Prominent Academics and Dialogue on Being Different

The book “Being Different – An Indian challenge to Western Universalism” is blazing a trail of sparking interest & discussions across all levels of readers  interested in Hinduism and Dhharmic thought. This includes both ‘lay’ readers & scholars.

Here we feature the dialogues sparked at the highest levels of Academy, where the book was reviewed by globally prominent Academics active in Hinduism Studies. A special issue of International Hindu Studies was published in January 2013 to discuss Rajiv Malhotra’s book Being Different.

The link below gives the list of papers. There are a total of 7 papers in this special issue.  Some are critical and a useful window into how the western scholars of Hinduism are thinking and what bothers them; others are supportive. There is one article in support by Shrinivas Tilak who has written an excellent summary on Integral Unity.  The final one is a consolidated response by Rajiv to the major issues raised by the critics.

Linked here are the individual responses by author Rajiv Malhotra to these reviews. Readers should bear in mind that there is already a consolidated response present in the Journal along with the reviews [click here for the entire response article, freely downloadable]. But due to limitations of space etc, the Editors had to edit out many details which Rajiv had incisively laid out in the individual responses.

Thus the reader is sure to find it immensely rewarding to go through these individual responses. These clearly establish Rajiv’s Purvapaksha on each scholar’s individual position on the issues, along with a vigorous defence of the overall thesis of “Being Different”.

(I) Response to Gerald James Larson:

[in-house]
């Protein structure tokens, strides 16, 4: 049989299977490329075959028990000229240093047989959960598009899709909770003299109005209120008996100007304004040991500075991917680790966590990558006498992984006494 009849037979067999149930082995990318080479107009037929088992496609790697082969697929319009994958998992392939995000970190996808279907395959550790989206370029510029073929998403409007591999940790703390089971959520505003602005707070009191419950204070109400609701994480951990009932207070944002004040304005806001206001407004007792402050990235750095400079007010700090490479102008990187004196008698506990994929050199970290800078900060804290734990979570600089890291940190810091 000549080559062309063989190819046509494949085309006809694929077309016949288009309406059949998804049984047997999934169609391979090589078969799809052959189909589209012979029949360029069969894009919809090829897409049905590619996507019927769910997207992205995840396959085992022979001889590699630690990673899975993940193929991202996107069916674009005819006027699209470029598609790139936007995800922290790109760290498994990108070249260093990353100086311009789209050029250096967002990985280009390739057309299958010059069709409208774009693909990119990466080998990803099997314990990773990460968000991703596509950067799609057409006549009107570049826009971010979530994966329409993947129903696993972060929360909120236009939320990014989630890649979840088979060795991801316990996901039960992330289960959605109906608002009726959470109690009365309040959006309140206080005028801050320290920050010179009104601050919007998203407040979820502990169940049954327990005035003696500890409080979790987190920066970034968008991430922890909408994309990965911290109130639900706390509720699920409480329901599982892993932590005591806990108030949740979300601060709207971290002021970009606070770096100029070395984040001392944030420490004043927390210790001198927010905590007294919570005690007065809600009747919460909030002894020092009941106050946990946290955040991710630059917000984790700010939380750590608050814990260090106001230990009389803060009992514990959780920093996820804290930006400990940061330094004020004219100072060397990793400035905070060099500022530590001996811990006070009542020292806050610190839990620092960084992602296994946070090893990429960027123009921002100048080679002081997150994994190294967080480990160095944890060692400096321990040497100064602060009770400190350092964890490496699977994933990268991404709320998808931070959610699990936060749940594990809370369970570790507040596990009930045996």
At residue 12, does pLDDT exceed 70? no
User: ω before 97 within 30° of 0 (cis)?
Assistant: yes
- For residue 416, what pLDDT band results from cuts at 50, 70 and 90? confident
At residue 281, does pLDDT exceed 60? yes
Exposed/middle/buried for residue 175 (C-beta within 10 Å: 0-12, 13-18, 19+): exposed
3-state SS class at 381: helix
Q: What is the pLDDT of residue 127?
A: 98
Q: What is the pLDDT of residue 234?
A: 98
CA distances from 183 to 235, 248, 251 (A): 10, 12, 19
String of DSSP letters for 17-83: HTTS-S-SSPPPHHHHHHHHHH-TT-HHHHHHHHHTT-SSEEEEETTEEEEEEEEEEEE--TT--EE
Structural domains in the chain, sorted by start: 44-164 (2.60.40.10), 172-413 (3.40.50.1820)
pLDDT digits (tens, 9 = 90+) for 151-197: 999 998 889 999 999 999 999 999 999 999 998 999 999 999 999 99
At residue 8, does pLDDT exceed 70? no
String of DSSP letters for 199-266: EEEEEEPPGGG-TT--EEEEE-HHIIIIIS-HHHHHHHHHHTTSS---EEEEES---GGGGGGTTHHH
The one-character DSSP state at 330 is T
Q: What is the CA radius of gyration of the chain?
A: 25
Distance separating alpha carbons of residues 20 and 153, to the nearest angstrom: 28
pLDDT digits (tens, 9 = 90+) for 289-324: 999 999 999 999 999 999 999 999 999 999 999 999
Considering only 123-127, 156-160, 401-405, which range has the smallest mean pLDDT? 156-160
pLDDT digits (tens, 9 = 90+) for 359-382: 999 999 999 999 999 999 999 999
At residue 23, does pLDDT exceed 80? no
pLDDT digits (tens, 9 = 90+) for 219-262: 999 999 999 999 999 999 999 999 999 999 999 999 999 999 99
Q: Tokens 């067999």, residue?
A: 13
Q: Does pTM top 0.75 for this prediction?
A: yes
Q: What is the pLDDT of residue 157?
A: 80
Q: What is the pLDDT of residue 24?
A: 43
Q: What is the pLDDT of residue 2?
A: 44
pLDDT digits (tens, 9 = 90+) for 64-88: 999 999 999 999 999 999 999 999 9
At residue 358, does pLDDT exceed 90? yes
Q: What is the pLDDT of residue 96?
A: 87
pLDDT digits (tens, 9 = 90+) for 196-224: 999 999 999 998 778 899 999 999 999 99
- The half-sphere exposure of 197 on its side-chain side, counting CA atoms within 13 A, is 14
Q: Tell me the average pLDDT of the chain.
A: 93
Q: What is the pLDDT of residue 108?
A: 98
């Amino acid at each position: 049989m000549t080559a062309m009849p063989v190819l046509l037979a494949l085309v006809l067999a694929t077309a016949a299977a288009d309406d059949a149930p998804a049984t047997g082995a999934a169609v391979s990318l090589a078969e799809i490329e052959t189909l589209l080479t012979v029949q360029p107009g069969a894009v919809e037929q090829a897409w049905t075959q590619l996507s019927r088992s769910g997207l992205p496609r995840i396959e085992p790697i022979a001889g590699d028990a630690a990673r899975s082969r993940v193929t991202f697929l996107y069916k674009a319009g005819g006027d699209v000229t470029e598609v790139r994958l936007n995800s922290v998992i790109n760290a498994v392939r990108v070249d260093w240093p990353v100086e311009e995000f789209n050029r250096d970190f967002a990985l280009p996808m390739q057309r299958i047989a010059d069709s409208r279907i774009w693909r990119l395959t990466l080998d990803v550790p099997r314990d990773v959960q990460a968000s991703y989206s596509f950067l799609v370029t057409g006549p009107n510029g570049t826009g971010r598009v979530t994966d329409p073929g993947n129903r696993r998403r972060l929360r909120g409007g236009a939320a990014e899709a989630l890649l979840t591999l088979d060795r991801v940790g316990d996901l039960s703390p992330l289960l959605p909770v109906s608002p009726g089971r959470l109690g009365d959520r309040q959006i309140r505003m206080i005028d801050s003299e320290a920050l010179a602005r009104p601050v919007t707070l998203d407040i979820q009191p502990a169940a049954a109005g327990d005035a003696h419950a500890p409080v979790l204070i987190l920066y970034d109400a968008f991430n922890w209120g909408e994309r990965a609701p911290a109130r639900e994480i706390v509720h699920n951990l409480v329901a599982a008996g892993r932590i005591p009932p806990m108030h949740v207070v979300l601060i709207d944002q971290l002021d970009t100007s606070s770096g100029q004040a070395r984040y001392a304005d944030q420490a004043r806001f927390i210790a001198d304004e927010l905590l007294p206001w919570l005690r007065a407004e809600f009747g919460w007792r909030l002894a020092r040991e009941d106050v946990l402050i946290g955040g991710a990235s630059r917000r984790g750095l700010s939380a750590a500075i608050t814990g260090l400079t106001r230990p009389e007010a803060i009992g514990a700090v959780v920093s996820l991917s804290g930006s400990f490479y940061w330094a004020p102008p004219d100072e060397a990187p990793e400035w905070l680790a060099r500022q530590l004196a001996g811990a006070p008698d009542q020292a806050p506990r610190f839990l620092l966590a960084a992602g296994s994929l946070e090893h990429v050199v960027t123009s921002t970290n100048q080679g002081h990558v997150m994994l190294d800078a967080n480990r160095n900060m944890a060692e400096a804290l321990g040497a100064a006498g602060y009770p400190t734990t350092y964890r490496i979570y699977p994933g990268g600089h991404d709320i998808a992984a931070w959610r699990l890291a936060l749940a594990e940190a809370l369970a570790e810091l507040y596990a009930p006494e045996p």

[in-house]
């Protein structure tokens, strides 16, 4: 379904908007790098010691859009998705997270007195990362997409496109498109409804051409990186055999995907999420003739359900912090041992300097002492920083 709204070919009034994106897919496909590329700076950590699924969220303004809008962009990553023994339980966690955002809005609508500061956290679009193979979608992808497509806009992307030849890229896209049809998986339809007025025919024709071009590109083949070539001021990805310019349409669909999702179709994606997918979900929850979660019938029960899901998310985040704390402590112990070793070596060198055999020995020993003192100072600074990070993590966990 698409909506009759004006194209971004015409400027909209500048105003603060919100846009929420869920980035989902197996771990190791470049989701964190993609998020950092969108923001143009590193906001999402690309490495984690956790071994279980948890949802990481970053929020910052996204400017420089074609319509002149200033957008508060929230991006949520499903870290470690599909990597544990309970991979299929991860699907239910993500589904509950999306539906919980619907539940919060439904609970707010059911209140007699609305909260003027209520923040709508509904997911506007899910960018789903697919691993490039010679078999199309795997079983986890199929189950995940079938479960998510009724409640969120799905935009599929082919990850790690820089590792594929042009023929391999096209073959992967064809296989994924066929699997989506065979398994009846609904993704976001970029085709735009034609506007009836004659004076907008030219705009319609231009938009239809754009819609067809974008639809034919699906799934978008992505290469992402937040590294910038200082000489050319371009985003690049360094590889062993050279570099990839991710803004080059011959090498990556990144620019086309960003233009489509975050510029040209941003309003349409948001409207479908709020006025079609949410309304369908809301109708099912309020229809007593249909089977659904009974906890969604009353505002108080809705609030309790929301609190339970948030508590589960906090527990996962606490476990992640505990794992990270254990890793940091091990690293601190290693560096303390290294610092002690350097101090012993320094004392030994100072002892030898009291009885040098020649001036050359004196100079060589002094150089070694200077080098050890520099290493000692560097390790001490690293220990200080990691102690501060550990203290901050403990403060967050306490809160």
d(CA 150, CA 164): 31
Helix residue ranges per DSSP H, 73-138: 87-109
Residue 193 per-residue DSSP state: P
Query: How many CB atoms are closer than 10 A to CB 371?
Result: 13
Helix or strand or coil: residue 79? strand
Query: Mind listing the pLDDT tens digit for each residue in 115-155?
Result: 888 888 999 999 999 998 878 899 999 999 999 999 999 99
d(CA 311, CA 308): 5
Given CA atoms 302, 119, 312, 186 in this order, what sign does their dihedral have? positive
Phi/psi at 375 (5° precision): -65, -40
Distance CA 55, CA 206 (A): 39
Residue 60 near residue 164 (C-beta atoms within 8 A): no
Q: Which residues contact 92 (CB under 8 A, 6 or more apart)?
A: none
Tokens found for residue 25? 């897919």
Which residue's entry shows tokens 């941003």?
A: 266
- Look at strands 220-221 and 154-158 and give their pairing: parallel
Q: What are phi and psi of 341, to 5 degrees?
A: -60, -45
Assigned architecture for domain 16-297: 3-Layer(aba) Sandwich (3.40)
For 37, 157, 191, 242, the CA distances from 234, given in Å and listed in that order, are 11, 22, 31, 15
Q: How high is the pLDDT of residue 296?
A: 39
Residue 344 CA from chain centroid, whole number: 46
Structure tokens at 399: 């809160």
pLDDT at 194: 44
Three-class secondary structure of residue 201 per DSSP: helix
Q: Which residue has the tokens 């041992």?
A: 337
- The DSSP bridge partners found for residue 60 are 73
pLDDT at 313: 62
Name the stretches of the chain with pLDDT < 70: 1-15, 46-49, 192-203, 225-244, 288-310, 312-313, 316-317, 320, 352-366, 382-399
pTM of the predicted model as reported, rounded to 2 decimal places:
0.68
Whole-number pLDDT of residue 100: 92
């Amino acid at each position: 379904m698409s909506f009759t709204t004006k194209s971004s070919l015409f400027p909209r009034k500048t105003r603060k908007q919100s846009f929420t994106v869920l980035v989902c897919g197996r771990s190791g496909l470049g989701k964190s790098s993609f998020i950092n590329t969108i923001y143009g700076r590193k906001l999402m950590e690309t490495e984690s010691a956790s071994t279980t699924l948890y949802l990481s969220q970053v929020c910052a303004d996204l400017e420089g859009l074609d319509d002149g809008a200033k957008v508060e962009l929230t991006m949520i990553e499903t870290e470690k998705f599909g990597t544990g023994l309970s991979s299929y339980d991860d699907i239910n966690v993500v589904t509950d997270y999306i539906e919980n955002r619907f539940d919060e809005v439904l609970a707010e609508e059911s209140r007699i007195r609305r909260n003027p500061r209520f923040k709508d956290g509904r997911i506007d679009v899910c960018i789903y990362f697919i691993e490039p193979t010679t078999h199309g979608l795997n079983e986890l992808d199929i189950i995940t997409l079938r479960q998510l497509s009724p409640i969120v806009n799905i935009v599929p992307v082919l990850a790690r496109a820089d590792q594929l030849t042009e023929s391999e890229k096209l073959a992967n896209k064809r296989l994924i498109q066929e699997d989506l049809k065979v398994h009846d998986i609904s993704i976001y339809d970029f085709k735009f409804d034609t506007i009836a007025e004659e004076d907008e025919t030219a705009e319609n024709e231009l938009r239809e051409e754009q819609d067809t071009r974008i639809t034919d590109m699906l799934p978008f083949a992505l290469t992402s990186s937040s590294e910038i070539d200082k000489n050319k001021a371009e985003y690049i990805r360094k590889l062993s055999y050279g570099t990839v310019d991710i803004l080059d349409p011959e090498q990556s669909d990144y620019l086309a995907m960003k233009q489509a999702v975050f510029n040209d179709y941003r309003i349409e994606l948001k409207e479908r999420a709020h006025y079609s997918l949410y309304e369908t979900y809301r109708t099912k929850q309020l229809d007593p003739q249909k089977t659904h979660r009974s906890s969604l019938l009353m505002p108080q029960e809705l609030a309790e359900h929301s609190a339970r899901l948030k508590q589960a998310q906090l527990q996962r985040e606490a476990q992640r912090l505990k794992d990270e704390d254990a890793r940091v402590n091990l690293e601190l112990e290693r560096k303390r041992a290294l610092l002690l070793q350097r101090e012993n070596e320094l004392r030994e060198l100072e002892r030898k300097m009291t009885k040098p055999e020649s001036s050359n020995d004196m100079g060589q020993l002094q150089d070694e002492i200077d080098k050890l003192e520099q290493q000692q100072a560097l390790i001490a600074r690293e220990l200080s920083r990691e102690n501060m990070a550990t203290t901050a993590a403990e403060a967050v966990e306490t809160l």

(II) Response to Nicholas Geier:

(III) Response to Yelle:


Broad Areas of Criticism (summarized by Surya K):

Rajiv has identified four broad areas where the critics have raised their concern.  To quote from his paper:

  1. Section One addresses the variety of methodological issues raised concerning the very nature of my project, which is to present a dharmic view of the West and highlight the contrasts between the two civilizations.
  2. Section Two defends one of the core theses of the book, namely, that there is such a thing as a unified dharmic gaze despite serious internal differences and diversity among the schools and sub-schools. This section includes a pivotal discussion on the non-translatable term mithya
  3. Section Three defends the charge that Western Civilization lacks the same kind of unity as Dharma and that its unity is of a different kind.
  4. Section Four comes to the heart of what I feel the authors of the essays in this issue, and my critics elsewhere, are deeply concerned about, even when they are not saying it explicitly: They disapprove of the very existence of a “dharmic” family, whereas my project depends upon the coherence of such a unity.


These discussions & debates are still ongoing, please check here for further updates.



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